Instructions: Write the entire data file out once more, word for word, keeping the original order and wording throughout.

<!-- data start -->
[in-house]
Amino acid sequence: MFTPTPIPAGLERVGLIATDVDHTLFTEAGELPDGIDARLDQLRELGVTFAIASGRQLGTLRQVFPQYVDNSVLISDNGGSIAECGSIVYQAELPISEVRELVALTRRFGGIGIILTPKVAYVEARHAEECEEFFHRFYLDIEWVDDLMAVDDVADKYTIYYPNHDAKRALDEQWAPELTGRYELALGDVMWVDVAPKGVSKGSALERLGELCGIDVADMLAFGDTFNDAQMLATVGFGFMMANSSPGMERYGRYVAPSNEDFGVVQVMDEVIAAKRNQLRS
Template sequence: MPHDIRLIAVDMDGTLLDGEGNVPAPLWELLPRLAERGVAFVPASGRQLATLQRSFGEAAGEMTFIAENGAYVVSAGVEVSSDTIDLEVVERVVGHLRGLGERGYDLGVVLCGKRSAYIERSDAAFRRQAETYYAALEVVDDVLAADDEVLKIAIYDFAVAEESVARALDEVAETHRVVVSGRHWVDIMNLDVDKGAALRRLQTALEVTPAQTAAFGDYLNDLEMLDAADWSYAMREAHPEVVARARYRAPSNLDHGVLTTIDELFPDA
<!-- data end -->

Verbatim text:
[in-house]
Amino acid sequence: MFTPTPIPAGLERVGLIATDVDHTLFTEAGELPDGIDARLDQLRELGVTFAIASGRQLGTLRQVFPQYVDNSVLISDNGGSIAECGSIVYQAELPISEVRELVALTRRFGGIGIILTPKVAYVEARHAEECEEFFHRFYLDIEWVDDLMAVDDVADKYTIYYPNHDAKRALDEQWAPELTGRYELALGDVMWVDVAPKGVSKGSALERLGELCGIDVADMLAFGDTFNDAQMLATVGFGFMMANSSPGMERYGRYVAPSNEDFGVVQVMDEVIAAKRNQLRS
Template sequence: MPHDIRLIAVDMDGTLLDGEGNVPAPLWELLPRLAERGVAFVPASGRQLATLQRSFGEAAGEMTFIAENGAYVVSAGVEVSSDTIDLEVVERVVGHLRGLGERGYDLGVVLCGKRSAYIERSDAAFRRQAETYYAALEVVDDVLAADDEVLKIAIYDFAVAEESVARALDEVAETHRVVVSGRHWVDIMNLDVDKGAALRRLQTALEVTPAQTAAFGDYLNDLEMLDAADWSYAMREAHPEVVARARYRAPSNLDHGVLTTIDELFPDA